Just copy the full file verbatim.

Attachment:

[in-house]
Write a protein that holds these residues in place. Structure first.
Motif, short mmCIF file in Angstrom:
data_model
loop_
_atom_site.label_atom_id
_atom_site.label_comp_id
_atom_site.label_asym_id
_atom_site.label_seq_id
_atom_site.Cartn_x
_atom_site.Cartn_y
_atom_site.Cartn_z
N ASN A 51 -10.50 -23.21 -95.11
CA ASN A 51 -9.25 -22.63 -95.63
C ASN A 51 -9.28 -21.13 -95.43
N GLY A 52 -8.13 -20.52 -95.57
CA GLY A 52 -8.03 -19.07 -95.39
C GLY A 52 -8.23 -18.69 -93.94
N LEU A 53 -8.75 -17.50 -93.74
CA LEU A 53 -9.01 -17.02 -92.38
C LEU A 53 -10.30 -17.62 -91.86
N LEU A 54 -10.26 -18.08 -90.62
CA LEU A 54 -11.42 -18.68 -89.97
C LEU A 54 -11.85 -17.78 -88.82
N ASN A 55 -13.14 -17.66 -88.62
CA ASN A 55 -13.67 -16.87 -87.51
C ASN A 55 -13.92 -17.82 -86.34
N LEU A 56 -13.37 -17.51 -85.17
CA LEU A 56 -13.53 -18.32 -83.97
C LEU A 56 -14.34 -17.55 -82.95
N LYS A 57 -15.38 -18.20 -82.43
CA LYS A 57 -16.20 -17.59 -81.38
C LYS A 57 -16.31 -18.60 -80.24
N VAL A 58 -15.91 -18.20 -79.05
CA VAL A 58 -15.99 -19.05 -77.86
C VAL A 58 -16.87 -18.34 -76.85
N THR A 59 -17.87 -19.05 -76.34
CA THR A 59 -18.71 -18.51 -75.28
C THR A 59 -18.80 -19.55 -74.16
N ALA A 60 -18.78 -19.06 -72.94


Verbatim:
[in-house]
Write a protein that holds these residues in place. Structure first.
Motif, short mmCIF file in Angstrom:
data_model
loop_
_atom_site.label_atom_id
_atom_site.label_comp_id
_atom_site.label_asym_id
_atom_site.label_seq_id
_atom_site.Cartn_x
_atom_site.Cartn_y
_atom_site.Cartn_z
N ASN A 51 -10.50 -23.21 -95.11
CA ASN A 51 -9.25 -22.63 -95.63
C ASN A 51 -9.28 -21.13 -95.43
N GLY A 52 -8.13 -20.52 -95.57
CA GLY A 52 -8.03 -19.07 -95.39
C GLY A 52 -8.23 -18.69 -93.94
N LEU A 53 -8.75 -17.50 -93.74
CA LEU A 53 -9.01 -17.02 -92.38
C LEU A 53 -10.30 -17.62 -91.86
N LEU A 54 -10.26 -18.08 -90.62
CA LEU A 54 -11.42 -18.68 -89.97
C LEU A 54 -11.85 -17.78 -88.82
N ASN A 55 -13.14 -17.66 -88.62
CA ASN A 55 -13.67 -16.87 -87.51
C ASN A 55 -13.92 -17.82 -86.34
N LEU A 56 -13.37 -17.51 -85.17
CA LEU A 56 -13.53 -18.32 -83.97
C LEU A 56 -14.34 -17.55 -82.95
N LYS A 57 -15.38 -18.20 -82.43
CA LYS A 57 -16.20 -17.59 -81.38
C LYS A 57 -16.31 -18.60 -80.24
N VAL A 58 -15.91 -18.20 -79.05
CA VAL A 58 -15.99 -19.05 -77.86
C VAL A 58 -16.87 -18.34 -76.85
N THR A 59 -17.87 -19.05 -76.34
CA THR A 59 -18.71 -18.51 -75.28
C THR A 59 -18.80 -19.55 -74.16
N ALA A 60 -18.78 -19.06 -72.94